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Victorinox

VIC-6.7603

Victorinox 3.25" Paring Knife - 6.7603

22 items left

This is my absolute favourite type of paring knife: small, tough, cheap, sharp, easy to maintain, and somewhat flexible. When I was in culinary school studying pastry, we all had loads of these and we used them for SO many jobs, including the endless small fruit prep (apple pie or strawberry tart, anyone?!?), and I still use them daily at home to core and dice apples for snacks. Highly recommended... every kitchen needs a few of these hanging around.

Customer Reviews

Based on 2 reviews
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B
Belisarius
Work 10 uses then throw away

These are big grocery shop isle or cashier checkout hanging items, often at 3-4$. Poor quality steel - certainly next to a VG10 paring, these are like plastic cutlery in precision and edge. they can be indeed sharpened with effort, and then it lasts 5-10 uses at best. By use I mean grapes, blueberries, butter and ever dense strawberries. Are these any good? not at all. Why does Victorinox still make them? good question considering the plethora of higher quality steels these days. I suppose 50 years ago these may have been WOW INOX, but now are like checkout hanging item of similar quality. Threw mine out.

Sorry, but this is an excellent knife for what it is. It’s a thin, flexible and very inexpensive paring knife. Out of the box it’s also plenty sharp. If you know of a VG10 paring knife that is thin and flexible and $10, please let us know! …it doesn’t exist because it’s a completely different beast: try to make a thin and flexible forged knife made of hard steel and it will snap in half right away. Some people might like thicker forged paring knives, but they’re not always as useful and this type of thin and flexible knife. And I’ve purchased the $4 versions at the checkout at the grocery store, they’re thicker and stiffer, not as good compared to this $10 Victorinox. But of course the steel isn’t super hard on Victorinox knives so it need to be maintained… please do not throw our your knives just because they need sharpening. For the knives I use at home on a daily basis (this exact paring knife, a hard stainless steel Misono UX10 150mm utility knife, and a very hard carbon steel 8” Moritaka chef knife), I hone them at least 2-3 times per week to keep them sharp. So having to touch up a cheap knife after 10 uses is not at all unreasonable. When your car needs an oil change, please don’t ditch it at the junk yard.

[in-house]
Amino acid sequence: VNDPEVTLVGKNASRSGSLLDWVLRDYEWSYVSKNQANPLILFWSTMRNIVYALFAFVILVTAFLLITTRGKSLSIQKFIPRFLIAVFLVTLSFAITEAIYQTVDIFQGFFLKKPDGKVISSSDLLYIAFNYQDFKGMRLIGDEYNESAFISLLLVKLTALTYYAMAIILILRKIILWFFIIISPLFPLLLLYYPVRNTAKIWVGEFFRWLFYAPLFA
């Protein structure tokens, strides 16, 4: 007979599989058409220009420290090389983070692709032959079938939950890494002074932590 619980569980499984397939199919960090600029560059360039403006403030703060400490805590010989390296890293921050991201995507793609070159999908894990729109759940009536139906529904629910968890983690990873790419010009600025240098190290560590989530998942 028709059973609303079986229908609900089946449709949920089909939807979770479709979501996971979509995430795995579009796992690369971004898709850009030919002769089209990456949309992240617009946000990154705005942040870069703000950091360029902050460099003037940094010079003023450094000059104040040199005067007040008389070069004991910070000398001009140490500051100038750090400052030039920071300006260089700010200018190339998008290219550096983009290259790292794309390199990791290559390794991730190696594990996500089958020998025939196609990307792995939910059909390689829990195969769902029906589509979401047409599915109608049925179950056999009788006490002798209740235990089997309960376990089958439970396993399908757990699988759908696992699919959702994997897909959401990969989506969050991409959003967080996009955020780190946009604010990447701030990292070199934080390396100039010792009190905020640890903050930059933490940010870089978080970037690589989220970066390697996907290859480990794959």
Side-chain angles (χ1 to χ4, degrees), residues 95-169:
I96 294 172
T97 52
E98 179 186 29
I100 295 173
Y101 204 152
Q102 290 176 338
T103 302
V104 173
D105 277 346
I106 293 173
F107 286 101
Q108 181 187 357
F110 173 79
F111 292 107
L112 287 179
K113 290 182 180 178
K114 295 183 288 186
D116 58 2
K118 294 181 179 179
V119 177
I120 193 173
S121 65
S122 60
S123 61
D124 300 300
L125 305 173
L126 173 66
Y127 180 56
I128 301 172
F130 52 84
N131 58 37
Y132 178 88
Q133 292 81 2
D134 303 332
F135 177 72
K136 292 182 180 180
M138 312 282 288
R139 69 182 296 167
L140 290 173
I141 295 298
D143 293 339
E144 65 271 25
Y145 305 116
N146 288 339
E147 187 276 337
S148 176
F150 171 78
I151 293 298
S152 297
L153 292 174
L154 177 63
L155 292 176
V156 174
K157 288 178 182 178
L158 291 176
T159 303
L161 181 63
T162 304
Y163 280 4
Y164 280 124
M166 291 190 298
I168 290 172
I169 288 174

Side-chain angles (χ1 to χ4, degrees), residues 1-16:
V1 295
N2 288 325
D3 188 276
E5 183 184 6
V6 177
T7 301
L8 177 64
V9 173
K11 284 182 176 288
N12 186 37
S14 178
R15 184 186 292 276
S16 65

A
Andrew Taylor
Good Paring knives!

Excuse the two for one review here folks. I bought the Victorinox 3.25" Paring Knife - 6.7603 AND Victorinox Wood Handle 3.25" Paring Knife - 40100. I wanted to see if it was exactly the same blade but with a different handle. It appears they are not. Different finish at the very least. There may be slight differences in the blade profile and cutting edge geometry, but if there is it is negligible. Please take into consideration I am not a knife guy or a chef. Just average end user. Both of these knives are certainly better than anything you would find on the isles of high volume big box and grocery stores. I am putting together a set of the Rosewood knives and I glad I know have the paring knife The synthetic version is a sweet number too. And at this price-point I will likely pickup a few more of them in the future. Picture attached shows both versions of the Victorinox Paring Knives mentioned, plus the big Victorinox 10" Wood Handle Chef's Knife - 40021 for reference.

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